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    A Day Crammed With Powerful Lessons At The World Of Learning

    What do Netflix and marketing have in common? Personalisation as well as psychological tricks. And #FOMO. All of those things that learning and development is currently missing. Lessons from the World of Learning Conference... 

    world of learning blog

    #FOMO. 

    It’s a hashtag usually preserved for describing the possibility of not being able to make a wild party.

    Or perhaps the latest restaurant opening in town. 

    Or in my case, a top volleyball match.

    It’s not a hashtag usually seen in LinkedIn comments about a Learning & Development (L&D) course someone is worried of not being able to attend.

    And when you think of Netflix, you probably picture hours binge-watching the latest must-see series.  You almost certainly don’t picture a productive day of learning where you impatiently press “watch next course” before the next one loads. 

    Yet, when I attended the World of Learning exhibition in Birmingham a few weeks ago, there was a common theme: Learning & Development (L&D) need to start using some of the tricks marketing and Netflix teams have been using for a long time, such as #FOMO, personalisation and data-driven decisions.

    On top of this, L&D can also follow other marketing leads, such as positioning themselves as a profit-centre (not a cost-centre) to guide strategies.

    So I thought I’d share the useful insights I learned from The World of Learning…

     

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    Apply The #FOMO Factor To Learning

    People have a natural fear of missing out. 

    In fact, loss aversion studies suggest that the pain of losing something is twice as powerful psychological as the pleasure of gaining a thing

    This is something that marketing teams use to their advantage e.g. “25 people are looking at this hotel right now” and B2B “here is a testimonial from your competitor”.

    L&D professionals should do the same, by promoting lots of examples of people who have adopted a new behaviour or learned something valuable and are now climbing the career ladder. Others will not want to miss out and decide to follow.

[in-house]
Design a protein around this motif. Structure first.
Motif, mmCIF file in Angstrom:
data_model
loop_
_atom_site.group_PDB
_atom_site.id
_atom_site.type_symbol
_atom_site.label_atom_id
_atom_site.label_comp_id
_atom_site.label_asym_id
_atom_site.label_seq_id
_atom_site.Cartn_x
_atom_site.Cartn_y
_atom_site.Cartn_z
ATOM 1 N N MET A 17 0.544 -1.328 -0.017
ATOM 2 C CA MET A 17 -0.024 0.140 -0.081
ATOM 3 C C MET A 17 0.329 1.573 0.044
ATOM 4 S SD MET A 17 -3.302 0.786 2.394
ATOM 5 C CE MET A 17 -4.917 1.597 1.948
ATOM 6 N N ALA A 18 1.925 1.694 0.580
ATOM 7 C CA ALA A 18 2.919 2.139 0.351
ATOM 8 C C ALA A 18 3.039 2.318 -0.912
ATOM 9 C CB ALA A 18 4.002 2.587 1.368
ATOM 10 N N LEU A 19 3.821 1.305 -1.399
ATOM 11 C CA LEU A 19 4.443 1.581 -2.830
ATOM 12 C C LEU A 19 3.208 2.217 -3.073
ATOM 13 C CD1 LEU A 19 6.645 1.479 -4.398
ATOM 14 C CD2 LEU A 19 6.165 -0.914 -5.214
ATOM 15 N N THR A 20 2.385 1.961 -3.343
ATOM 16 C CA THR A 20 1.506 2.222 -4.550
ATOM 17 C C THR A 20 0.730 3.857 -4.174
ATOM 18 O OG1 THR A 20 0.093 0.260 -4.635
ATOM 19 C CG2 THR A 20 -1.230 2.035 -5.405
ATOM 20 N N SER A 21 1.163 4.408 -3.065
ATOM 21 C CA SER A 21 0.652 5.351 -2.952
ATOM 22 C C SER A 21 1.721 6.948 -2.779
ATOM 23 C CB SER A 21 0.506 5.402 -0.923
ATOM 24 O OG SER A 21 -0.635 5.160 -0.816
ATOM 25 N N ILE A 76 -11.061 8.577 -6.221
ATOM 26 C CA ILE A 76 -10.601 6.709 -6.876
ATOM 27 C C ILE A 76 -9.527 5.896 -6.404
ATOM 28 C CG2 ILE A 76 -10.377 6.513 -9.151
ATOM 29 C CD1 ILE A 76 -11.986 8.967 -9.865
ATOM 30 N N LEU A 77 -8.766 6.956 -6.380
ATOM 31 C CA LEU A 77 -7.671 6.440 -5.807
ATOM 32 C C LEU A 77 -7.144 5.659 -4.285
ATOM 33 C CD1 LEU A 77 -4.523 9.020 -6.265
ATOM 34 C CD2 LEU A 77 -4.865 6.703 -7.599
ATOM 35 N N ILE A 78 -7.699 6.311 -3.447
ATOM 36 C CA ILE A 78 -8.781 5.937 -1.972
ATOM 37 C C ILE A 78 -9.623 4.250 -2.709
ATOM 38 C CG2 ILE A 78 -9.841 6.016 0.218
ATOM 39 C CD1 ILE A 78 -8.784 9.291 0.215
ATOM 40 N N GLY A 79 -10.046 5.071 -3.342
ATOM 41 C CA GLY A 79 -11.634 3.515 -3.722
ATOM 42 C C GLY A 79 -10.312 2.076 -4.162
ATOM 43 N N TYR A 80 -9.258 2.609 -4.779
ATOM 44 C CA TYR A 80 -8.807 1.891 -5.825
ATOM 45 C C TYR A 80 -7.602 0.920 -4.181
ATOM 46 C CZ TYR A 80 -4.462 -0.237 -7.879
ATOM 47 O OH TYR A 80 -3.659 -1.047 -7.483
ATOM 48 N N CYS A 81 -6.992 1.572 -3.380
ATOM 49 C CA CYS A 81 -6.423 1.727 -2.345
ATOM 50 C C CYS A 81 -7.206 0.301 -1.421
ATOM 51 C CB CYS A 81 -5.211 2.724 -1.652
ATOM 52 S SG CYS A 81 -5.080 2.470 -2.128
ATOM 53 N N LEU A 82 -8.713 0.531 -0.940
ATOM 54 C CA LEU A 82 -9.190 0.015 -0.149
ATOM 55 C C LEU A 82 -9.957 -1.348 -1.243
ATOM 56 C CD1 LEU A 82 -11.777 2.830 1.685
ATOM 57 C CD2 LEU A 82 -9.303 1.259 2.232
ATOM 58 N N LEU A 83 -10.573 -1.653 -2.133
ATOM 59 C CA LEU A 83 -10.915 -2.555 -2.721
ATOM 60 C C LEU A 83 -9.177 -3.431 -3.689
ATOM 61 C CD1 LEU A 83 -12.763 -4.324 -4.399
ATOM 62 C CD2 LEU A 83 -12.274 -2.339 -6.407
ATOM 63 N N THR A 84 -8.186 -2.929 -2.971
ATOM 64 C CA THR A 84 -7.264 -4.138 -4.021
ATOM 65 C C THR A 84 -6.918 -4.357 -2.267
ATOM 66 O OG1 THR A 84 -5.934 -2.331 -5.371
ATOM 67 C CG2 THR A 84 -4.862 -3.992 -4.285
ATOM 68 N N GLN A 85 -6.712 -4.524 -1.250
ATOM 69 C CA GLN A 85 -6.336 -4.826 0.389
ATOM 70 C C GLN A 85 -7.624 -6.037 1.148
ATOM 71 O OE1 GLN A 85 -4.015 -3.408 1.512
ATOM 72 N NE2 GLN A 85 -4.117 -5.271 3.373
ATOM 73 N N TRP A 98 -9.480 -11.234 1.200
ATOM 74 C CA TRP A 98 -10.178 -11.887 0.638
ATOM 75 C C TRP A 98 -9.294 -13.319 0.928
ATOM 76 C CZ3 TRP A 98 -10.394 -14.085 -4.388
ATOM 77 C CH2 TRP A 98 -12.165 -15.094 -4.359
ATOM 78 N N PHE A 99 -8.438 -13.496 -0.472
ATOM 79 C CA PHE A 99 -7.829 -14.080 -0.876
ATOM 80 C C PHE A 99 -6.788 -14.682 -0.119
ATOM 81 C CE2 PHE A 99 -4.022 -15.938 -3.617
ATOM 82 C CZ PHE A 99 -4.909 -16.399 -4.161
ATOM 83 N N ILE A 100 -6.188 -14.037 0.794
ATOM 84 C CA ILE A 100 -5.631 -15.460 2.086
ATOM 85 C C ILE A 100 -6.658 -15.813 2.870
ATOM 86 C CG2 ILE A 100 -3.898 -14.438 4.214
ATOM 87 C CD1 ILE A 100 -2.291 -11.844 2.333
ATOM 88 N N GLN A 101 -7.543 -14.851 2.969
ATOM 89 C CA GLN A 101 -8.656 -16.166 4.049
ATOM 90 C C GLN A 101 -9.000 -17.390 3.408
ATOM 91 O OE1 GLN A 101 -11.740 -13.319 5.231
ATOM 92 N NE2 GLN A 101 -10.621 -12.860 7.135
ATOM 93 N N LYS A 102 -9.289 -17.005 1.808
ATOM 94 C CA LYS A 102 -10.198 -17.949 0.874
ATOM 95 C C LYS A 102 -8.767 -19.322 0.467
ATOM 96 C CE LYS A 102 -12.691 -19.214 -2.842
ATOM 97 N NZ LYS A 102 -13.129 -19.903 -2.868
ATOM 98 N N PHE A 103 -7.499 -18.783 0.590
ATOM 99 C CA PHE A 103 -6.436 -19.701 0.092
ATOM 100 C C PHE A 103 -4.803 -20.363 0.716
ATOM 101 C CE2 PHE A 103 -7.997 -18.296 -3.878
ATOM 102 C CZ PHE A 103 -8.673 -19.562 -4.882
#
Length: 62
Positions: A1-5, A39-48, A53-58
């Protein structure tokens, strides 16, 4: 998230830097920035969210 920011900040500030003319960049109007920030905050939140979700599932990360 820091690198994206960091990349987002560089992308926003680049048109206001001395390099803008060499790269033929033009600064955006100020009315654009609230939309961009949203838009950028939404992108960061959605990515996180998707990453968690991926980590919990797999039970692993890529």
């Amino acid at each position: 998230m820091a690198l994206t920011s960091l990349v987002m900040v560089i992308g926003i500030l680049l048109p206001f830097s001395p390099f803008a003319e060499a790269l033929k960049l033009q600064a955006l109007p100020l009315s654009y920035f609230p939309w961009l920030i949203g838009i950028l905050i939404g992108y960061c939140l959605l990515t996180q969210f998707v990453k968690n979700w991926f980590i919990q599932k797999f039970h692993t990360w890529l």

Marketers will always create a buzz too, so we should apply similar approach to promoting  any new training materials or L&D program. 

     

    The L&D Of Netflix: Taking Personalisation To The Next Level 

    Nowadays, people are taking control of their own development. Alise New from Goodhabitz pointed to how their company’s survey showed that 90% of employees want to learn in the workplace. Some of the employees would even prefer to stay in a job that pays less but allows them to learn.

    However, it needs to be the right content. 

    Employees want learning content that is relevant to their own personal development, too, not just to their careers. (This is backed by an Axonify study: 90% want personalised training that’s relevant to them.) They also want more choice yet more help to choose

    Learning Experience Platforms (LXPs) are the “new thing” in L&D - seen as the ‘The Netflix of Learning’

    They can use a questionnaire at the outset to determine a foundation for content and divide that content based on different users. L&D managers can then see who began a particular course/module, what content they consumed (and for how long), whether they stayed the course (quite literally) and how much time it took them to complete it. 

    Content through these platforms is personalised, bite-sized and can be accessed on-the-go such as on during commute or at the coffee shop. (The same Axonify survey showed 89% of learners want this.) LXPs also allows L&D to link modules based on quick quizzes, which supports their desire to follow their own learning path.

    And just like marketing, LXPs enable L&D managers to target specific people or groups via workflows that help guide learners on their journey

     

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    Use The Data To Optimise Results

    Despite the fact that 75% of L&Ds claim that data is important in their work only 5% use it. (Unlike their marketing peers.)

    Jo Keeler from Belbin mentioned during her presentation a Google’s Oxygen project, which used data to help the company make decisions on how to train their managers. 

    Here are the steps they took to use data effectively: 

    1. Mapping where people are right now (using data from exit interviews, performance management and other documents.) 
    2. Deciding where they need to be 
    3. Designing the training content to take them there 
    4. Measuring the results 
    5. Redesigning the next training based on the results 

     

    A Seat At The Board: From Cost-Centre To Profit-Centre

    Marketing teams have often been seen as “creatives” in B2B companies and sales teams often doubted their impact. 

    Now, they need to prove their worth and largely report on ROI not leads generated. Some marketing tools such as HubSpot even provide full end-to-end lead tracking.

    A key theme throughout the presentations at The World of Learning was that L&D teams need to do the same. 

    L&D needs to:

    1. Move from measuring the return on experience from learners to measuring the ROI.
    2. Speak the language of senior executives to gain buy-in for initiatives. Understand what specific business capabilities are needed e.g. budget management, resource planning or sales generation?
    3. Match that by moving from the traditional training model to learning focused on achieving business goals.

     

    I, for one, am really excited by the changes happening in L&D and the possibilities that the technology developments bring. It’s a fascinating time to be an L&D professional right now and I can’t wait to help the Tribal Impact on this journey.

     

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